hanging basket yellow orange and pinkUse a high-quality potting soil to regulate the amount of water your hanging basket will need. KVG Premium Potting Soil™ uses long fibers to help your hanging baskets retain moisture longer. It also contains KVG “The Good Stuff” controlled-release fertilizer to boost plant growth.

Some hanging baskets are very prone to drying out quickly, often because of their smaller capacity or exposure to the sun and wind. Water thoroughly every time your plants need to be watered. Fill the basket to the brim. Wait a minute or two for that water to seep through, then fill the basket a second time to be sure that all the soil gets thoroughly saturated. This makes sure the whole root system of your plants gets a chance to take a drink, while the excess will drain out the bottom.

Sometimes, if the soil is quite dry, the first watering just breaks the surface tension and oftentimes, most of it just drains down the sides without soaking the soil. It's the second watering that actually makes all the soil wet.


Applying Fertilizer to Hanging Baskets

We couldn’t survive on water alone, and neither can your plants! The soil in the hanging basket needs to have plenty of nutrients to help your plants grow healthy foliage and lots of big, colorful blooms. As a general rule of thumb, the more vigorous your plants are and the more frequent you are watering, the more fertilizer your plants need because frequent watering leaches the nutrients and vigorous growers generally need more fuel.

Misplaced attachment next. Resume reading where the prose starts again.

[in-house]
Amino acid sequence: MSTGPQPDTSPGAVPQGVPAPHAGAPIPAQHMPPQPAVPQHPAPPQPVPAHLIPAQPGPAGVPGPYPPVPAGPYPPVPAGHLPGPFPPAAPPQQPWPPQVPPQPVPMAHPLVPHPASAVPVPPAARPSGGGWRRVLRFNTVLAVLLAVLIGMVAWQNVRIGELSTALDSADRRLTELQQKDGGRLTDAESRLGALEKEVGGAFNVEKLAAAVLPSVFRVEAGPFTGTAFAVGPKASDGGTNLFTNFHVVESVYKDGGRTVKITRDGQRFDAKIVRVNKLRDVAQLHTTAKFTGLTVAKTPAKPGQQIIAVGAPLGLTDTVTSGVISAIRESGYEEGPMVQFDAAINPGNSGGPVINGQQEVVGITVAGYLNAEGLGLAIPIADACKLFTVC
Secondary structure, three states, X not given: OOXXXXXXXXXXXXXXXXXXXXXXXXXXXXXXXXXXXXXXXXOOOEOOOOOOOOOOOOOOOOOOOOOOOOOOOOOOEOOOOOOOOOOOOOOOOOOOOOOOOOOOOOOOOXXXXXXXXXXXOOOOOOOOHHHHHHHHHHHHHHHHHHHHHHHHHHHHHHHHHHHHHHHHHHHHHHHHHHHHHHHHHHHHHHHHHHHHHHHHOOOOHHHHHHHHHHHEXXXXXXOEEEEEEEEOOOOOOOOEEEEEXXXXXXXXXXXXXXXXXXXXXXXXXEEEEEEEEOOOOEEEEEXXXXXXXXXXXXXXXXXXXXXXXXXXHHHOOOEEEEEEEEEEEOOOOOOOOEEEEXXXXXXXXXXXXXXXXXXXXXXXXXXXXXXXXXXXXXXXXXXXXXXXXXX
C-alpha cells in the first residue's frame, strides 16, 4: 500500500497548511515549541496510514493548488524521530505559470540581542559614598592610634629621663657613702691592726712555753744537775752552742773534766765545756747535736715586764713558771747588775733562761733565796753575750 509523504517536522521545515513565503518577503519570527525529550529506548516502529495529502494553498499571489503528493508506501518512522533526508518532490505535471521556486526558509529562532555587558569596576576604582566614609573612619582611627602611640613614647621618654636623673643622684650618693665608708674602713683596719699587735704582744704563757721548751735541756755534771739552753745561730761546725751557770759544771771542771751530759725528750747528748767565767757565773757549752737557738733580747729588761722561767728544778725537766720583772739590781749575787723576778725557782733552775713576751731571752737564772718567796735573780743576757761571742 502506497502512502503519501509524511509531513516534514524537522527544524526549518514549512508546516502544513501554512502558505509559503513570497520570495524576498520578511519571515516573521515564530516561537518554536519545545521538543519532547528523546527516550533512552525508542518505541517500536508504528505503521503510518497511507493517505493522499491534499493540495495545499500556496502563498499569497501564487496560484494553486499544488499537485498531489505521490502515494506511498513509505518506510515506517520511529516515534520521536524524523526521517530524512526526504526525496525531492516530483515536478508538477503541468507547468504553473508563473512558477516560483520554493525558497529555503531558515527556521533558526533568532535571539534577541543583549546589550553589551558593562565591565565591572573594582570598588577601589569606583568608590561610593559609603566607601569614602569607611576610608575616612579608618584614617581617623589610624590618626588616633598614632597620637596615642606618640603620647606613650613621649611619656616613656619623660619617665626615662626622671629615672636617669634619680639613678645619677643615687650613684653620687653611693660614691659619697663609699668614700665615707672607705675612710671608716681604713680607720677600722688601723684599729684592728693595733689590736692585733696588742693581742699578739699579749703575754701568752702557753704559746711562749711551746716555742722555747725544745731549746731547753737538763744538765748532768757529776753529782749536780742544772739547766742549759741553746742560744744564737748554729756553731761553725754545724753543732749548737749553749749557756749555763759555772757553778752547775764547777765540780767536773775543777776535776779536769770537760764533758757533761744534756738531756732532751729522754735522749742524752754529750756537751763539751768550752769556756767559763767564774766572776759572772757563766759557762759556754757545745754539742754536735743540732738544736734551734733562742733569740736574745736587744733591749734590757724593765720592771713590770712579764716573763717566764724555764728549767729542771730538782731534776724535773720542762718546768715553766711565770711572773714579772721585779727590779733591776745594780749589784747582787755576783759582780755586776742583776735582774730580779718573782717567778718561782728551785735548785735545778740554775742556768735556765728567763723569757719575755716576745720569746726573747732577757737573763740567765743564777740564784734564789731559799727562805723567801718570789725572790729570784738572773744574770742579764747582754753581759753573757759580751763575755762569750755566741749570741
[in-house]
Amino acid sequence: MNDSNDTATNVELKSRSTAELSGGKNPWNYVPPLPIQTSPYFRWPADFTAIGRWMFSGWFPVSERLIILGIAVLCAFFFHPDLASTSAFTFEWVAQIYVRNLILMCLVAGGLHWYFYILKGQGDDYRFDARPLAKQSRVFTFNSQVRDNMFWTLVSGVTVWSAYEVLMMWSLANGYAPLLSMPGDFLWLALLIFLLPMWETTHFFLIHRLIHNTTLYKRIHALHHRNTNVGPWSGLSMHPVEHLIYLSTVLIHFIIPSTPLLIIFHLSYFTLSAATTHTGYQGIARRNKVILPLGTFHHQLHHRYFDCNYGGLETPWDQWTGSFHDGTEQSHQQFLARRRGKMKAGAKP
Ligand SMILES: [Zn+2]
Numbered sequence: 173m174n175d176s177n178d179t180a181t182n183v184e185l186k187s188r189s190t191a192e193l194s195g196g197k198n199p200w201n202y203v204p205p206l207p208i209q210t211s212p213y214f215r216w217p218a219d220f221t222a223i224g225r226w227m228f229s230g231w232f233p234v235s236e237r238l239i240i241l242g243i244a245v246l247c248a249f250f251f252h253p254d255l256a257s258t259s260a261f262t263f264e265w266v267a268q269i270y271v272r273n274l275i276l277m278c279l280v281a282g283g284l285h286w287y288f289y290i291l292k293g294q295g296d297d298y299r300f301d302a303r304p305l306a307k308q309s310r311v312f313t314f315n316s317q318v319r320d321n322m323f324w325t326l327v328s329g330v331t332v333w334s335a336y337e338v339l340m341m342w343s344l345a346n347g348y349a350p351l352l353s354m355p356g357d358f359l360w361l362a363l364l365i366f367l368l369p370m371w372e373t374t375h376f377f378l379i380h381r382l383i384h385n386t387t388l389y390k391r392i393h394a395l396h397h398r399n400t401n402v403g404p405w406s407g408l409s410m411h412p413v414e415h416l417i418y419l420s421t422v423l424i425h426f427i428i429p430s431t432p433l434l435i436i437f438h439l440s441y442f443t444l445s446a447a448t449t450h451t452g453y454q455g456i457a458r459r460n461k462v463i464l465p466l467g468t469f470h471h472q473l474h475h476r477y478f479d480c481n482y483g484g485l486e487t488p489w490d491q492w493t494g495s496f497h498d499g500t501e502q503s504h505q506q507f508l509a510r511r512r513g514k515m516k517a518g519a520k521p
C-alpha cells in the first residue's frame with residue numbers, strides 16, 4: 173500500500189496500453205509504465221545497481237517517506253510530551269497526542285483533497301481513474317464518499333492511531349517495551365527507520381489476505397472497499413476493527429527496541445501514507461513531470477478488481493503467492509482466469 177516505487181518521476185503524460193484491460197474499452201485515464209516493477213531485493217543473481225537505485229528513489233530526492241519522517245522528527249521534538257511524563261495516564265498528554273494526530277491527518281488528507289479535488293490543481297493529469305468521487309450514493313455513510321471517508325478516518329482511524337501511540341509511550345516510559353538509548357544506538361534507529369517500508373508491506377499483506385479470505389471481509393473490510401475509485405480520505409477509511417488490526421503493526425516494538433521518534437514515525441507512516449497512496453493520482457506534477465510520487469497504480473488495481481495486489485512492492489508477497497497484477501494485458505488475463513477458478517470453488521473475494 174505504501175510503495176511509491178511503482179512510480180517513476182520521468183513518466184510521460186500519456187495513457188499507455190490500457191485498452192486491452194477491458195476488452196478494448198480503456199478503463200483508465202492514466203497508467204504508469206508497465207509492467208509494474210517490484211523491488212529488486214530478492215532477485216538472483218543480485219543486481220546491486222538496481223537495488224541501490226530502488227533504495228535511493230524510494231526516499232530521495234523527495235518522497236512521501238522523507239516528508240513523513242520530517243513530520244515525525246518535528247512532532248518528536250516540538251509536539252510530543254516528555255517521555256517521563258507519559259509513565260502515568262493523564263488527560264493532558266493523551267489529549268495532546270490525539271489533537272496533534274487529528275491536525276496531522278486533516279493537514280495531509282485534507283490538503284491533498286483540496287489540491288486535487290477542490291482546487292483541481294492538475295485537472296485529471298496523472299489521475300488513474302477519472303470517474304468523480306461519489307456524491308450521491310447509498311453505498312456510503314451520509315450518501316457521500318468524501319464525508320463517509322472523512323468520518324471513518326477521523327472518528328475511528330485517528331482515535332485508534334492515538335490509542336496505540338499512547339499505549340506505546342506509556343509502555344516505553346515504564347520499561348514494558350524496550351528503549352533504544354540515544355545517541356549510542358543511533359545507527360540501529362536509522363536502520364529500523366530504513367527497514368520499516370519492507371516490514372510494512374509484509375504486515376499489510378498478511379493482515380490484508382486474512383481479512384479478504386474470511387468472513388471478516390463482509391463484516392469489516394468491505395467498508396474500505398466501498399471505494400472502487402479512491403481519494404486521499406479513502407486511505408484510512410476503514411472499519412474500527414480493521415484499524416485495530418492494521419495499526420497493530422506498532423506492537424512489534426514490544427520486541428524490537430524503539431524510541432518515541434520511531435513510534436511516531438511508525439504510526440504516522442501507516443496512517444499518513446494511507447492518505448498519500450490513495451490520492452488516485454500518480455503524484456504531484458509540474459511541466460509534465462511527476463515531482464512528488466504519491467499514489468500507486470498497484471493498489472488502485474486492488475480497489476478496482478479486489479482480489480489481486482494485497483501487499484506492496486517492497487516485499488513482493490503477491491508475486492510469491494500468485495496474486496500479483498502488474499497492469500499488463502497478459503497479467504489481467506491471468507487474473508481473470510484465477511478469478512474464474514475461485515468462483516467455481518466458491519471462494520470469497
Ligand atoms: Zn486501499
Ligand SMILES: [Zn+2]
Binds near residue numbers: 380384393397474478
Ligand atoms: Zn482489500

Slow-release fertilizer pellets are an easy and effective way to keep a steady supply of plant nutrition available for your plants. Start using fertilizer pellets mixed into your soil before planting in the spring to help annuals charge up for a vibrant blooming season. KVG “The Good Stuff™” fertilizer is a controlled-release formula that’s perfectly balanced for big, bountiful flowers.

In the summertime, switch to a water-soluble fertilizer formula and apply weekly or bi-weekly, per your plant’s needs. This will help to boost the nutrients in the soil and keep them blooming as long as possible. Do not fertilize if temperatures are above 95 degrees, as it can burn the roots. It's always best to do your watering in the evening or morning, and this is especially good advice when applying a water-soluble fertilizer.